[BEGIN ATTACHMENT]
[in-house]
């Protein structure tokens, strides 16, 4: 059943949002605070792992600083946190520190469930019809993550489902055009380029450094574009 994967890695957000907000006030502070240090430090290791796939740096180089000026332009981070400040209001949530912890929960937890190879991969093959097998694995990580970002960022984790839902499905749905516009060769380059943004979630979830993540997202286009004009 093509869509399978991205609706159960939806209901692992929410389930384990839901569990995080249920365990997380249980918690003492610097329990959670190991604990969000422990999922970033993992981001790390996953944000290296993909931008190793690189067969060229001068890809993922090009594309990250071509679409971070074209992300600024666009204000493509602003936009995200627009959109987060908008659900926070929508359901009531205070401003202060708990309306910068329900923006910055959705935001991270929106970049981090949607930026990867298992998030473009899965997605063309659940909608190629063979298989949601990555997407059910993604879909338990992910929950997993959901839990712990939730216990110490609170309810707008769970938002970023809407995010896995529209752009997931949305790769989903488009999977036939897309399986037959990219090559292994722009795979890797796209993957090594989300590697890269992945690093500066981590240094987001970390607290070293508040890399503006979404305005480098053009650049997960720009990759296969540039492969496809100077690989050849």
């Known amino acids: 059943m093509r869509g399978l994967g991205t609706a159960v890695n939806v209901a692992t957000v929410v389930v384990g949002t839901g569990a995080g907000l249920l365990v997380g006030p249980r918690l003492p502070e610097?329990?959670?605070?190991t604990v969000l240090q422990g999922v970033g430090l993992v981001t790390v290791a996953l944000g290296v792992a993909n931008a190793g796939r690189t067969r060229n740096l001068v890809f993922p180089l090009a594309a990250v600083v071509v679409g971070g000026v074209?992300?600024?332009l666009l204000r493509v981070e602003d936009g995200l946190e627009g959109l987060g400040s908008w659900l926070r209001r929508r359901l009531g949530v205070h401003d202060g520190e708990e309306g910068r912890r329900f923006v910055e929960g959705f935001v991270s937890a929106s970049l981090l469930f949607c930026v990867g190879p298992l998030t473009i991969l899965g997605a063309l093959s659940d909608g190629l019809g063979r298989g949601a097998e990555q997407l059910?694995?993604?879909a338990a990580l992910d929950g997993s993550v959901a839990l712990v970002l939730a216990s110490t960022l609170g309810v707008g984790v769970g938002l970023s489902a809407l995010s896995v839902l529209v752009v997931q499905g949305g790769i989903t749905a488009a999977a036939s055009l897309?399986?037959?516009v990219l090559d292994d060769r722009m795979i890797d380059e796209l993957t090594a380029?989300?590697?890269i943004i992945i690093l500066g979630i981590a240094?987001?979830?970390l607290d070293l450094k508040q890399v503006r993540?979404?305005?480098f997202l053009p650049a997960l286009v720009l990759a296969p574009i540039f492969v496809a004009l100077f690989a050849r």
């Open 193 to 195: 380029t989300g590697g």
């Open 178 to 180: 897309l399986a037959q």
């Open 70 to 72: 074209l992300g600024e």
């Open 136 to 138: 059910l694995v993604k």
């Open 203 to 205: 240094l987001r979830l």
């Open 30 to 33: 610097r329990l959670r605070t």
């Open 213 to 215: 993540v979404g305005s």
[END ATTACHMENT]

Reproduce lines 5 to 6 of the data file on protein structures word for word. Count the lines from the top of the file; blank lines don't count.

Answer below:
């Open 178 to 180: 897309l399986a037959q």
């Open 70 to 72: 074209l992300g600024e």